Too many business blogs aren’t creating content that really engages an audience. In a study that MarketingProfs did last year with the business-to-business marketers in our audience, we found that 90 percent of companies are creating content as part of their marketing. (You can download the report here: http://bit.ly/contentresearch.) But 41 percent told us that their biggest pain – by far – was creating engaging content. Why is that? It’s because too many companies aren’t creating content that has the needs of their prospects and customers in mind. It’s marketing 101, in a way: Businesses want to talk about products, but your prospects want to hear about what the products WILL DO FOR THEM. That sounds simple, I know. But it’s really hard for a lot of companies to do.
What’s next for Ann Handley?
I’m excited about the increasing alignment of art and marketing. I know that sounds high-minded, but it’s really not. I love how incorporating storytelling and visual content (photographs, cartoons, doodles, and so on) into content are upping the game, and how the tools are available to help us connect with customers at a truly emotional level. Which is, after all, a lot like art.
More about Ann:
Cited in Forbes as the most influential woman in Social Media and recognized by ForbesWoman as one of the top 20 women bloggers, Ann Handley is the Chief Content Officer of MarketingProfs, which provides business marketing know-how for more than 420,000 subscribers. She is the co-author of the bestselling book on content marketing Content Rules: How to Create Killer Blogs, Podcasts, Videos, Ebooks, Webinars (and More) That Engage Customers and Ignite Your Business (Wiley, 2011) as well as a monthly columnist for Entrepreneur magazine. Content Rules was just released in paperback in May 2012.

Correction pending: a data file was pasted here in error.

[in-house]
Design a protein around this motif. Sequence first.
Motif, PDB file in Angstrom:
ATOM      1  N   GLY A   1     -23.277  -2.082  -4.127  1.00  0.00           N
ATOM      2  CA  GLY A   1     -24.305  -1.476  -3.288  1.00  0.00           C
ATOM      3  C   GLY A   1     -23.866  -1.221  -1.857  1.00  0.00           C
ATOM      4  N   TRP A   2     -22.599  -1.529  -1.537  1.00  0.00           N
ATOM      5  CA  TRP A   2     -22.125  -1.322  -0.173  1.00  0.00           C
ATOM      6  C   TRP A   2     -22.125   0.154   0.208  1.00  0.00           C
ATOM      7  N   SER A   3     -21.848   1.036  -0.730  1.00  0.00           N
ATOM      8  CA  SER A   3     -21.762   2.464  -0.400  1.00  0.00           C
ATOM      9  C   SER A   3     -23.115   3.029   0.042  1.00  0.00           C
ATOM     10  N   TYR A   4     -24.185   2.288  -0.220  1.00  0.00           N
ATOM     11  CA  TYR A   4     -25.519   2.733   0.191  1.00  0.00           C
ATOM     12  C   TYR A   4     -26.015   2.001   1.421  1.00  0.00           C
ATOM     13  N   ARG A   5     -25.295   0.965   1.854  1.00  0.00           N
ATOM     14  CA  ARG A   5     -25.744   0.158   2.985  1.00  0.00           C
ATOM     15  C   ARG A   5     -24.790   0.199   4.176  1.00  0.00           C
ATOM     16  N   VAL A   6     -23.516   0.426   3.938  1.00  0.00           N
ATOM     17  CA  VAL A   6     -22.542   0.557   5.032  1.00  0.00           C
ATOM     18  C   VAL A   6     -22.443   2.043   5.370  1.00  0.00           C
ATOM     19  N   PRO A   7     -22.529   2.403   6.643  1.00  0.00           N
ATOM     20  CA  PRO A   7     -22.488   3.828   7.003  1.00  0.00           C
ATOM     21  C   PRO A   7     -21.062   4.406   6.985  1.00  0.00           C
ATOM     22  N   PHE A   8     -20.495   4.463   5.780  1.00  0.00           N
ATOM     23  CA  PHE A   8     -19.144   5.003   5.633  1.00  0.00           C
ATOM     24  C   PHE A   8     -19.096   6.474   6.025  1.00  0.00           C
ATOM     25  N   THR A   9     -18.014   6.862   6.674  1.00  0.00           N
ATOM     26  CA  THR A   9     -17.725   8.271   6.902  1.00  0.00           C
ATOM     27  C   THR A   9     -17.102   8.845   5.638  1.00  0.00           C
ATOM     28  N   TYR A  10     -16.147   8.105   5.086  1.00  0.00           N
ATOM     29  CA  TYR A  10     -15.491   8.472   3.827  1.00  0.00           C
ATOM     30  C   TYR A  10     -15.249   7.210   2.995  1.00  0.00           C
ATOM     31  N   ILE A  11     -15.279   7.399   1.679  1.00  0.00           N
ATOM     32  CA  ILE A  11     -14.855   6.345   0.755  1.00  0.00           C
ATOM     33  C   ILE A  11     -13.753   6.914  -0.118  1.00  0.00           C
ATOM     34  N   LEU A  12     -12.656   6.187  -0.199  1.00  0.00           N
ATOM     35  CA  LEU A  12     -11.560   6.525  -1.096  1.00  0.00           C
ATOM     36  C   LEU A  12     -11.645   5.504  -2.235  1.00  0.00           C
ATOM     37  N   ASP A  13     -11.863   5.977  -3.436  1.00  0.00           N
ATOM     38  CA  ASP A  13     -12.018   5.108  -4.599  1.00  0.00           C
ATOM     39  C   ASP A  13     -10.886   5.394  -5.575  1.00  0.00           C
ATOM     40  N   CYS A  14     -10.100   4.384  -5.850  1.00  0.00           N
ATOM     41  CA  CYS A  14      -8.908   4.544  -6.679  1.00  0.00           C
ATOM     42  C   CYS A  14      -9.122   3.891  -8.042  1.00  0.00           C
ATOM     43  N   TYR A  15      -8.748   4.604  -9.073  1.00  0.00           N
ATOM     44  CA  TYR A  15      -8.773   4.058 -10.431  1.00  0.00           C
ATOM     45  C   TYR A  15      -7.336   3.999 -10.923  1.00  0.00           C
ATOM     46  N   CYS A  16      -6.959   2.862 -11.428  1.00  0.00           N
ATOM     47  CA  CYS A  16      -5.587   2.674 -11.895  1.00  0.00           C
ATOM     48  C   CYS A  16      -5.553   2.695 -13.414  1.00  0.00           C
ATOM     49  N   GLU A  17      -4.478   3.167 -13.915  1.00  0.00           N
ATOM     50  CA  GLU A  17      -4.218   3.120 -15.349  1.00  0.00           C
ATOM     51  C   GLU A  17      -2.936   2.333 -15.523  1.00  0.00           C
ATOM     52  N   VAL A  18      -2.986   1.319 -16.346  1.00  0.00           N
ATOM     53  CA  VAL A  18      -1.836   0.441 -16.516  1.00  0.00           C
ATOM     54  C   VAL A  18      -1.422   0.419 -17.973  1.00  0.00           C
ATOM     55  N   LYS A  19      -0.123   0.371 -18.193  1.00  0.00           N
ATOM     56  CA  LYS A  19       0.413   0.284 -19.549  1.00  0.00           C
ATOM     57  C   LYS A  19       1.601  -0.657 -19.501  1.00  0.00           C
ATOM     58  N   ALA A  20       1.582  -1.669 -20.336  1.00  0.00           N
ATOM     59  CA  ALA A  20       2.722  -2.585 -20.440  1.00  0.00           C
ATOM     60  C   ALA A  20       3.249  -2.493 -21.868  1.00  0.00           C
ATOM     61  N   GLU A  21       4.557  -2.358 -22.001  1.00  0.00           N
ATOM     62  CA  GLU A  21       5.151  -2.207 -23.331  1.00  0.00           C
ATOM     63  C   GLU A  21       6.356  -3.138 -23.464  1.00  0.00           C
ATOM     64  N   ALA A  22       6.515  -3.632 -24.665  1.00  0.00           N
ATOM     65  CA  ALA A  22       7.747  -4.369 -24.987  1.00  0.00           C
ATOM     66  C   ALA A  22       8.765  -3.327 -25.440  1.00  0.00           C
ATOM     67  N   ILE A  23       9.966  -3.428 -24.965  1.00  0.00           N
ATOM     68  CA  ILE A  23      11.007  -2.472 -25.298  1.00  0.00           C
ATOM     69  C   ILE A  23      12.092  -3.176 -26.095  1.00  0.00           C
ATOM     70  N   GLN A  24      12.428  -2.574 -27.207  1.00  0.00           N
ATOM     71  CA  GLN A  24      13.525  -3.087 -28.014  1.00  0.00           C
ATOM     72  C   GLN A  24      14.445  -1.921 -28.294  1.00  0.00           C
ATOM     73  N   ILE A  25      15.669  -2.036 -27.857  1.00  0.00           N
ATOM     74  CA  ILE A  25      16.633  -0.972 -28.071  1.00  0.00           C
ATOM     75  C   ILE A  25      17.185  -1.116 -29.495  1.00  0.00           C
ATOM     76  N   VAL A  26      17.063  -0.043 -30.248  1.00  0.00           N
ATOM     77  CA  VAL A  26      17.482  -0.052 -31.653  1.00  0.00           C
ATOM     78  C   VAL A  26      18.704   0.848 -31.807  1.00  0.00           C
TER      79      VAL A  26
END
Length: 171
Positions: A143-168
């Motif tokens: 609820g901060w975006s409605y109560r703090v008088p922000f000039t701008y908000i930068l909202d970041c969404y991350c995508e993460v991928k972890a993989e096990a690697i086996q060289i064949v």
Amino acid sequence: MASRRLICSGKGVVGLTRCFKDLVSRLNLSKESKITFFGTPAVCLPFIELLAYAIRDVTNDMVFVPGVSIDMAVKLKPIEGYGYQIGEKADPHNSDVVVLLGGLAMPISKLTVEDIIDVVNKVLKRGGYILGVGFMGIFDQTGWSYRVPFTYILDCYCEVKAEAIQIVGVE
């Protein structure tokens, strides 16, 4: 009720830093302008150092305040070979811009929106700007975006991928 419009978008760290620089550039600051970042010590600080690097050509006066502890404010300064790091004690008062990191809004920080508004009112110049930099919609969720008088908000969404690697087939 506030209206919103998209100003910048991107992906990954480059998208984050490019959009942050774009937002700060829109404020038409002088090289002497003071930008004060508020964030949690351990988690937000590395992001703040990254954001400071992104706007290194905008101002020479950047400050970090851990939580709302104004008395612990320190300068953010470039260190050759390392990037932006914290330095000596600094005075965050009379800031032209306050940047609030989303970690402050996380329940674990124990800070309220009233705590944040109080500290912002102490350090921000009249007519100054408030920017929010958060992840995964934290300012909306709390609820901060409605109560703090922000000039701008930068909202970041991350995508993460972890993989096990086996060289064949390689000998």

Based in the Boston, Massachusetts, she has been quoted on content and marketing in the Wall Street Journal, Huffington Post, American Express OPEN Forum, Mashable.com and the Boston Globe, among others. She has more than 120,000 followers on Twitter, and is passionate about using social tools to build relationships for organizations and individuals.
Prior to MarketingProfs, Ann was the co-founder of ClickZ, one of the first sources of interactive marketing news and commentary. Prior to that, she spent 12 years as a business editor and writer for both local and national trade and consumer publications.
For more, please visit MarketingProfs.com or her rarely updated but highly entertaining personal site, AnnHandley.com. Follow her on Twitter at http://twitter.com/MarketingProfs.